08 Apr

See you in San Antonio this Saturday?

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The San Antonio Book Festival is this Saturday, and Don Tate and I will be there to share The Amazing Age of John Roy Lynch.

From her perspective as a parent, San Antonio blogger Inga Cotton has written a thoughtful post about our book, the festival, and the Reconstruction era in general:

How do I talk to my kids about that era of history? By focusing on the amazing story of John Roy Lynch—in ten years, transformed from teenage slave to U.S. Congressman—illustrator Tate and author Chris Barton have created a wonderful resource for families to have that conversation.

You can find Don and me this Saturday from 1:45 p.m. to 2:15 p.m. in the Children’s Reading Tent outside San Antonio’s Central Library. Get to the festival a little earlier, though, and you can also catch my all-time favorite author at 12 noon.

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07 Apr

Speaking of things that are amazing…

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…you have got to take a look at the outstanding site Mapping Occupation: Force, Freedom and the Army in Reconstruction, especially if you’re an educator, history buff, or lover of great design.

Mapping Occupation

For me, it’s fascinating to see how the presence of the U.S. Army grew and dwindled in the South — especially in John Roy Lynch’s Mississippi — during the era that Don Tate and I cover in The Amazing Age of John Roy Lynch. And it’s a reminder of how much more there will always be for us to learn about our past.

Gregory P. Downs and Scott Nesbit headed up the project, but the whole team deserves heaps of praise for this illuminating and highly interactive look at Reconstruction.

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06 Apr

See me, Don Tate, and John Roy Lynch in Hattiesburg, MS, this Wednesday

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Fay Kaigler logo
I’m excited to be returning this week to the fantastic Fay B. Kaigler Children’s Book Festival this week at the University of Southern Mississippi in Hattiesburg.

Much of the festival requires registration, but the Hattiesburg American reports that there are exceptions, and my session is one of them:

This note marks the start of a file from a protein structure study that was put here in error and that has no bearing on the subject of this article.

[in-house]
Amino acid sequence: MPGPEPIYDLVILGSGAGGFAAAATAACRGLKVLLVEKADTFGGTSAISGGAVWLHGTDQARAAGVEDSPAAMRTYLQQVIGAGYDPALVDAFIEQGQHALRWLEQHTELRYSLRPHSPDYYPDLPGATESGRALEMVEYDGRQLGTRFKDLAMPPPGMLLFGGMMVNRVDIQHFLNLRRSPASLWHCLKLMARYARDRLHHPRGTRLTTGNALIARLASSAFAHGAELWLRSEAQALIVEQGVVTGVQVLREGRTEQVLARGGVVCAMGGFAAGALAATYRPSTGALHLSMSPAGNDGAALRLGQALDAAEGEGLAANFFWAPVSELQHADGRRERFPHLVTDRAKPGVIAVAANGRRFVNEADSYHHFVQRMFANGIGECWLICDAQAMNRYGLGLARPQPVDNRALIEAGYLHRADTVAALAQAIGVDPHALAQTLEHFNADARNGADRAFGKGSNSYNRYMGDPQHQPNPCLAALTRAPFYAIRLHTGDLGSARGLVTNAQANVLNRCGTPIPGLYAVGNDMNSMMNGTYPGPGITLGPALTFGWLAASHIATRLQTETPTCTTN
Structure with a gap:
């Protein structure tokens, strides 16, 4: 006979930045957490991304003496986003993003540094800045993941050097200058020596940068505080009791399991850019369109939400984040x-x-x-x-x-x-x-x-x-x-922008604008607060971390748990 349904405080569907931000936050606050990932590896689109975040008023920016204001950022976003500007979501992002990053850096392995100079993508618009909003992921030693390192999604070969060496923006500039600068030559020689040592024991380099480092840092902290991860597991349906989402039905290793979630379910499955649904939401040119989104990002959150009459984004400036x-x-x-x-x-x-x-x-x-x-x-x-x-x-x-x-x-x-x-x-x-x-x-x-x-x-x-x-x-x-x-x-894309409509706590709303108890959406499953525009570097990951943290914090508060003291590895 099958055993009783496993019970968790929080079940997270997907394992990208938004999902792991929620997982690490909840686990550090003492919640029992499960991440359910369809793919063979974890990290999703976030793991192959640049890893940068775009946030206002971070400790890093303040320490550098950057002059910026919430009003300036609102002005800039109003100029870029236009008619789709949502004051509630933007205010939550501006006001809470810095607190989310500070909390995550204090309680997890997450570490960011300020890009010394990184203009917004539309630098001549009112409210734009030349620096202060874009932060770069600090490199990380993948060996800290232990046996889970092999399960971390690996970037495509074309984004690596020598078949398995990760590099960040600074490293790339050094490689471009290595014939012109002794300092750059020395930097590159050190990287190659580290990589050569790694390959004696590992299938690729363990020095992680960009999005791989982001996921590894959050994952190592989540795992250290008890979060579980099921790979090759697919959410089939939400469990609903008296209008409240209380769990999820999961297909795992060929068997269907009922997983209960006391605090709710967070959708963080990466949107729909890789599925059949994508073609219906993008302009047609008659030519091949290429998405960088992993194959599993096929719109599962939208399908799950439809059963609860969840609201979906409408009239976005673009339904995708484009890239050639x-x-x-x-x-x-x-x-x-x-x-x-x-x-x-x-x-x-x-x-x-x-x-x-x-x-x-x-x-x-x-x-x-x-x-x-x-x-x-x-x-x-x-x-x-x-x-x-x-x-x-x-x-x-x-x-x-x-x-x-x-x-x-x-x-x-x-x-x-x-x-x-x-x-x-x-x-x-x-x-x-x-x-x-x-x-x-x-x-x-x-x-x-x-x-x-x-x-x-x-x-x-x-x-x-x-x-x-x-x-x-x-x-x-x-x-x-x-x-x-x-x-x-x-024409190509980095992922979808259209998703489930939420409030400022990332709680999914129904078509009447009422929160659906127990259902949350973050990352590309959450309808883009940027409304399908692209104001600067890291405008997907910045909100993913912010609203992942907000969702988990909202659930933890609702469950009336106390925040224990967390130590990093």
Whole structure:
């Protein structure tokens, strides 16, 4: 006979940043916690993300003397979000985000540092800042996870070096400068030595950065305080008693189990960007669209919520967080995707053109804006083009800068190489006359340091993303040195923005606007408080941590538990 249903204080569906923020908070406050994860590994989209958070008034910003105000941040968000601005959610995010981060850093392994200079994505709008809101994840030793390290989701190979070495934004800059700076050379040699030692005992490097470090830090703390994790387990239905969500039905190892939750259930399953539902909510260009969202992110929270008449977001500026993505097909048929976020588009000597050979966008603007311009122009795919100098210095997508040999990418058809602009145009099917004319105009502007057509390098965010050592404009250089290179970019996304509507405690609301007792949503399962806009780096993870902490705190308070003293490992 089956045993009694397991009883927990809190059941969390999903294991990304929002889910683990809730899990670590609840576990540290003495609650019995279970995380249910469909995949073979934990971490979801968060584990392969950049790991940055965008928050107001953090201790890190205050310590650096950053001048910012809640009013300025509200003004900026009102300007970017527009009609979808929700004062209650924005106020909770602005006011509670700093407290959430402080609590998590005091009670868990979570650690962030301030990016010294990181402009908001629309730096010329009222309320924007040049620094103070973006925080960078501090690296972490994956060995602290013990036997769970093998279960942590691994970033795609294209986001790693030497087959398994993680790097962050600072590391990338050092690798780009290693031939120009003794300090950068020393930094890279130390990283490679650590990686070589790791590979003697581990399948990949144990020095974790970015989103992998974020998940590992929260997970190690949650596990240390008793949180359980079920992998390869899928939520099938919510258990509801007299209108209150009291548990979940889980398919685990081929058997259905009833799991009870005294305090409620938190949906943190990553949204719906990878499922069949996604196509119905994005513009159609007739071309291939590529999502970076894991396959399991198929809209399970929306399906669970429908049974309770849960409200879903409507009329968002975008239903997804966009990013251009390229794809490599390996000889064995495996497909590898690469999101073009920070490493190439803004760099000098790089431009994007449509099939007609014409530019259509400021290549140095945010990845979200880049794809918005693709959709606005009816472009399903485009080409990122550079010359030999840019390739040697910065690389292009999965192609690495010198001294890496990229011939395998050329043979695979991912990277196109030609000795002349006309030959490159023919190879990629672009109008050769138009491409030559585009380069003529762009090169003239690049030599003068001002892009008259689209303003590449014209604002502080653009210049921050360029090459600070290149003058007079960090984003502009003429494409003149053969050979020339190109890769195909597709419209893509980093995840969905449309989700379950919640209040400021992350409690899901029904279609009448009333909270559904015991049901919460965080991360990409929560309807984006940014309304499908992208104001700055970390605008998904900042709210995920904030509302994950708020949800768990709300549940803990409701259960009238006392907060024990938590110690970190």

First panel open to the public: Chris Barton, Don Tate and Kathleen Merz discuss “The Amazing Age of John Roy Lynch,” a picture book biography of the Mississippi slave-turned-congressman, 11:30 a.m. April 8, Thad Cochran Center ballrooms.

(Kathleen is the editor of The Amazing Age of John Roy Lynch, and I’m delighted that she’ll be joining Don and me. On only one other occasion in my career have I gotten together in person at the same time with both the editor and the illustrator of one of my books, so this will be special.)

Another open-to-the-public panel ends the festival on Friday, with David Levithan and Deborah Wiles discussing their relationship as editor an author.

Whether you’re able to make it to the beginning of the festival, the end, or the whole thing, you’re in for a treat. If you see me, won’t you please say hello?

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05 Apr

Booklist gives a star to The Amazing Age of John Roy Lynch

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You spend eight-plus years working on a book, and it’s easy to lose perspective — to no longer have any sense of how your work is going to be received by someone who hasn’t, you know, spent eight-plus years working on that book.

This starred review from Booklist
dispelled any worries in its very first sentence:

The fascinating story of John Roy Lynch’s life from slavery to his election to the U.S. House of Representatives at age 25, gets a stirring treatment here.

That makes two stars for The Amazing Age of John Roy Lynch, and one very happy writer.

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02 Apr

Book trailer for The Amazing Age of John Roy Lynch

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(Narrated by yours truly.)

Many thanks to Don Tate and Eerdmans Books for Young Readers for their work in putting this together, and to John Roy Lynch himself for the inspiring quote at the end.

You’ll find lots more about the book here.

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01 Apr

Don, Tom, and me

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Don Tate, Tom Lichtenheld, Chris Barton

I had the great pleasure of serving on a panel at last month’s Austin SCBWI conference with illustrators Don Tate (shown on the left) and Tom Lichtenheld (the guy in the middle). If those names sound familiar, it’s because I’ve created a book with each of them.